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International conference covers Church in China since 1979

HONG KONG (SE): Scholars and China Church specialists gathered to exchange and discuss views at an international conference on the Catholic Church in China since 1979 at the Hong Kong Baptist University (HKBU). 
 
The conference, which ran from June 14 to 15, was coordinated by Dr. Cindy Chu, and was jointly organised by the HKBU Faculty of Social Sciences, Department of History, and Modern History Research Centre, as well as the Catholic-run Yuan Dao Study Society.
 
Father Gianni Criveller of the Pontifical Institute for Foreign Missions (PIME), delivered the keynote talk on Being a Chinese Catholic since 1979: walking an uneasy path in a changing country of China.
 
Father Criveller, a Church in China specialist now working at the PIME International School of Theology in Italy, gave an account of historical facts about the Church in China since 1978 when China opened its doors during the pontificate of Pope John Paul II. 
 
He proposed five bishops as fathers of the contemporary Church in mainland China: Ignatius Gong Pinmei (Kung) of Shanghai; Dominic Deng Yiming (Tang Yee-ming) of Guangzhou; Joseph Fan Xueyan of Baoding; Anthony Li Du’an of Xi’an; and Aloysius Jin Luxian of Shanghai.
 
“They were great Church leaders for their people, all suffered persecutions and great difficulties. They made different and difficult pastoral choices, always with the best interest of the People of God at heart,” he told the conference.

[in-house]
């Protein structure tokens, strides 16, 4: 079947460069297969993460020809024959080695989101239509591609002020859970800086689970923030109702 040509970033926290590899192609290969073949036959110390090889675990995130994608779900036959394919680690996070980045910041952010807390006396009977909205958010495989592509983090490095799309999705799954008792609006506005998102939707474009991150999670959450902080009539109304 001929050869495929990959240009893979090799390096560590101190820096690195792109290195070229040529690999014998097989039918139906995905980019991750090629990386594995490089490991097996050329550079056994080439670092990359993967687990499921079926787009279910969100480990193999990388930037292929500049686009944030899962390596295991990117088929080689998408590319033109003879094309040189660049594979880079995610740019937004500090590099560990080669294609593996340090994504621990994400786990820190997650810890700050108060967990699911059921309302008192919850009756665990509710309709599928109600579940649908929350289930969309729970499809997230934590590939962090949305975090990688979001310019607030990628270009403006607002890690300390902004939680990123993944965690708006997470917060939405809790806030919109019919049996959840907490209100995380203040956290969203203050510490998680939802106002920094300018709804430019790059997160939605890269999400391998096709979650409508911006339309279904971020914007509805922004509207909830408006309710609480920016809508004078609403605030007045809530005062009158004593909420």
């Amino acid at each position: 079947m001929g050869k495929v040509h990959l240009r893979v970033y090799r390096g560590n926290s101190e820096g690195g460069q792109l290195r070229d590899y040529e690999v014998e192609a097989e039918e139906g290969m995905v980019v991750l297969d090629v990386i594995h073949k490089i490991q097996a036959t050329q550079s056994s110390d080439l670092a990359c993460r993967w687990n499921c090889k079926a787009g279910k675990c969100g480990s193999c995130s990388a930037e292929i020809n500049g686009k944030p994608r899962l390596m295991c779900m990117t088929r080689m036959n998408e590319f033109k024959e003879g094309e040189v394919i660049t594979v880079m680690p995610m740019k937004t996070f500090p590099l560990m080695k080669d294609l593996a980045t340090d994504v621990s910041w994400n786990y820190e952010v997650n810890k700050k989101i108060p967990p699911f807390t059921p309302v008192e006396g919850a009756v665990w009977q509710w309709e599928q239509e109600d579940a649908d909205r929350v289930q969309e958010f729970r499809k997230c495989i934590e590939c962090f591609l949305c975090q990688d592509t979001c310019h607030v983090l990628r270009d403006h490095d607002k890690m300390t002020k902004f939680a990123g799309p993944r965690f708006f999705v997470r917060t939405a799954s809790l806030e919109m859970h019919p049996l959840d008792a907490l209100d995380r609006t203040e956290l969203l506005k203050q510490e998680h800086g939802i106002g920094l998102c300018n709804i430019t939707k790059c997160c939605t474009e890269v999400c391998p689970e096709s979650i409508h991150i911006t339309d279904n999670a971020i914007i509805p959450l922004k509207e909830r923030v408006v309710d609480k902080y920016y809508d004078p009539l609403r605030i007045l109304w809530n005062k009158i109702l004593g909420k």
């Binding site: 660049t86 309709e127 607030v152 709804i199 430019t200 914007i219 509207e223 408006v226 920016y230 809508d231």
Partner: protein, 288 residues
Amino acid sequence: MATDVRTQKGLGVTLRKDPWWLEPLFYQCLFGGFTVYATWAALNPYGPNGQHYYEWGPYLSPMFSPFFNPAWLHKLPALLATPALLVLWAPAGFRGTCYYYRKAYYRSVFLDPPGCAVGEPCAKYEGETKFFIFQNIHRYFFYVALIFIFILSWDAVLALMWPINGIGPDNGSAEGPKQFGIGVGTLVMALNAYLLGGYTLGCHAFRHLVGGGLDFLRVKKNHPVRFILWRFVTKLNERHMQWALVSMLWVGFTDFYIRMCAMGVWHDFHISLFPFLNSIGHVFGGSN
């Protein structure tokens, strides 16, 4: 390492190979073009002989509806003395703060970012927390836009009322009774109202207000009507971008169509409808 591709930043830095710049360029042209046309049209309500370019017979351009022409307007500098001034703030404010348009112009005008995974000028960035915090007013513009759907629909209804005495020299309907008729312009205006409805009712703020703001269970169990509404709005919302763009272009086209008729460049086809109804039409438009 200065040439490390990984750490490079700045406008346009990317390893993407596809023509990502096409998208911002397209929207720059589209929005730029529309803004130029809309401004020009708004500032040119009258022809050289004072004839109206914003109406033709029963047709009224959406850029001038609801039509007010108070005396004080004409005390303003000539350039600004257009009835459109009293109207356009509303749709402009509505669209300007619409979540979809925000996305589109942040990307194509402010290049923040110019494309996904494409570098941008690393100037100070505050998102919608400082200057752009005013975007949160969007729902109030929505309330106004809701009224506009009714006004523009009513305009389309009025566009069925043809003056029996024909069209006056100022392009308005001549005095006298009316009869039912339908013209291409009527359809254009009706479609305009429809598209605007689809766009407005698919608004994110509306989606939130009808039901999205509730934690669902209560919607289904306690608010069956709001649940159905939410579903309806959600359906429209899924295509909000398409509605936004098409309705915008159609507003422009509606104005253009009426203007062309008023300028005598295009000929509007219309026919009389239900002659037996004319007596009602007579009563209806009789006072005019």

In his talk, Father Criveller said that at the time of Deng Xiaoping, Pope John Paul II closely followed events in the new China hoping to make a breakthrough in the relationship between the two sides. Similarly in 2013, the election of Pope Francis was contemporary to the inauguration of Xi Jinping as the leader of China. “Both John Paul and Francis tried to reach out to the Chinese supreme leaders,” he noted.
 
As to the challenges to the life of Catholics in China, the Italian priest mentioned the official and unofficial communities pointing to a paradoxical outcome: Catholics in the official Church are not really free, as they have to follow the instructions of government officials, while those in the unofficial community are emotionally and spiritually free to take their own risks.
 
Ideological nationalism and the elevation of Confucianism as the sole representative of Chinese thought are the great challenges to Christianity today, considering the ‘Sinicization’ programme of China’s president, Xi Jinping, Father Criveller continued.
 
In the last decade of 20th century, and the first decade of the present century, China was interested in the phenomenon called “Christianity fever.” While evangelical groups grew tremendously, Catholic communities decreased in the number of faithful. This is a great challenge for Catholicism. Similarly, Catholics are challenged to be more engaged in academia by the phenomenon of “Cultural Christians”—mostly confined within the Protestant world, he noted.